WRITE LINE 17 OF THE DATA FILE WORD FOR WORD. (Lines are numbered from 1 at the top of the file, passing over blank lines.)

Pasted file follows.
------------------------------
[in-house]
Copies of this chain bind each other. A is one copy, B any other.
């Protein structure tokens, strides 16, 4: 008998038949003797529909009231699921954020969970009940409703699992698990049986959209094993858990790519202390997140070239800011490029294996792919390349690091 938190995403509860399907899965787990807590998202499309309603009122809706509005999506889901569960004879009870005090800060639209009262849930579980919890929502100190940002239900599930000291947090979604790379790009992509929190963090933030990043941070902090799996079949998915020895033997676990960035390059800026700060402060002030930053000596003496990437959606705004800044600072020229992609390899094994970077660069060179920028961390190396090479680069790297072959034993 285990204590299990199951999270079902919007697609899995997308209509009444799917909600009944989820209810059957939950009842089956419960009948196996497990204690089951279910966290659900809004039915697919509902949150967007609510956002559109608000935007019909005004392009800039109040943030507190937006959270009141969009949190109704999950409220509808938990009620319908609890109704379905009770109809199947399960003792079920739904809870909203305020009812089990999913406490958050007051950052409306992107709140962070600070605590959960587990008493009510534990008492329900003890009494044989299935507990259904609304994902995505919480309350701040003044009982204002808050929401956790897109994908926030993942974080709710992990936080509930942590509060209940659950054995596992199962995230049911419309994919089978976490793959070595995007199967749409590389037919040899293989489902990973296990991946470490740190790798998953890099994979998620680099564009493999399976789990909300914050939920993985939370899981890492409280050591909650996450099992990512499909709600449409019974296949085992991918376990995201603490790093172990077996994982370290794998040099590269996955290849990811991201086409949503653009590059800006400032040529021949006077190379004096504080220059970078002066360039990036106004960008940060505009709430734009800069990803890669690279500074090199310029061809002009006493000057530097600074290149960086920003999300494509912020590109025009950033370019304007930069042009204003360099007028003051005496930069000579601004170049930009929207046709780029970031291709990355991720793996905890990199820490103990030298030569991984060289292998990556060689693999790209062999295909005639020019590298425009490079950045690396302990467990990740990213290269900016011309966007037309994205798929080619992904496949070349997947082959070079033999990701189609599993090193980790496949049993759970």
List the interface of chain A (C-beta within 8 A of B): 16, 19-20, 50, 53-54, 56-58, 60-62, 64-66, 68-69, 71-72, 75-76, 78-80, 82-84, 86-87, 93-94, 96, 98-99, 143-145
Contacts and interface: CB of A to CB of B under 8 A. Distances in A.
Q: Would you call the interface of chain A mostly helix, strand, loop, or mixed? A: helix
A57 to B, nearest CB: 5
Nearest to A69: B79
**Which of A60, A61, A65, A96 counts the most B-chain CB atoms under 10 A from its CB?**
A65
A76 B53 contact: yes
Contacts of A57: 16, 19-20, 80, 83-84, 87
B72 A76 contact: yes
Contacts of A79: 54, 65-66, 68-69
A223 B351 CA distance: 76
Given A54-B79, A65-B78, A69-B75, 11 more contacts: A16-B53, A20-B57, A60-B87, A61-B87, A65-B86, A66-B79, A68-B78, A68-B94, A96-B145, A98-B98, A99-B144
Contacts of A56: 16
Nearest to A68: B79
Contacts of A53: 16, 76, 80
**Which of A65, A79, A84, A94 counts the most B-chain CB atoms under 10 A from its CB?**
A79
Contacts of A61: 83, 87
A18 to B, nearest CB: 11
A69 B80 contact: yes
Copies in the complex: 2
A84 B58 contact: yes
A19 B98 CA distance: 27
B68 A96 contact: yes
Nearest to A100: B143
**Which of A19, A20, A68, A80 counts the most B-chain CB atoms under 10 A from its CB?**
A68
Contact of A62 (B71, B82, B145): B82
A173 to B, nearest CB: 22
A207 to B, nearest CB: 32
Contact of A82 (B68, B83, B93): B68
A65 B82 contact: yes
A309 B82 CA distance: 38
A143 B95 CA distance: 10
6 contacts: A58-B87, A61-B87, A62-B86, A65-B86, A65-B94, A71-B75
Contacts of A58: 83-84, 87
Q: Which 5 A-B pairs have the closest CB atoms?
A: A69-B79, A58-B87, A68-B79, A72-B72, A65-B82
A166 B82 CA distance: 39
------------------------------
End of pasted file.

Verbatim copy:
Contacts of A56: 16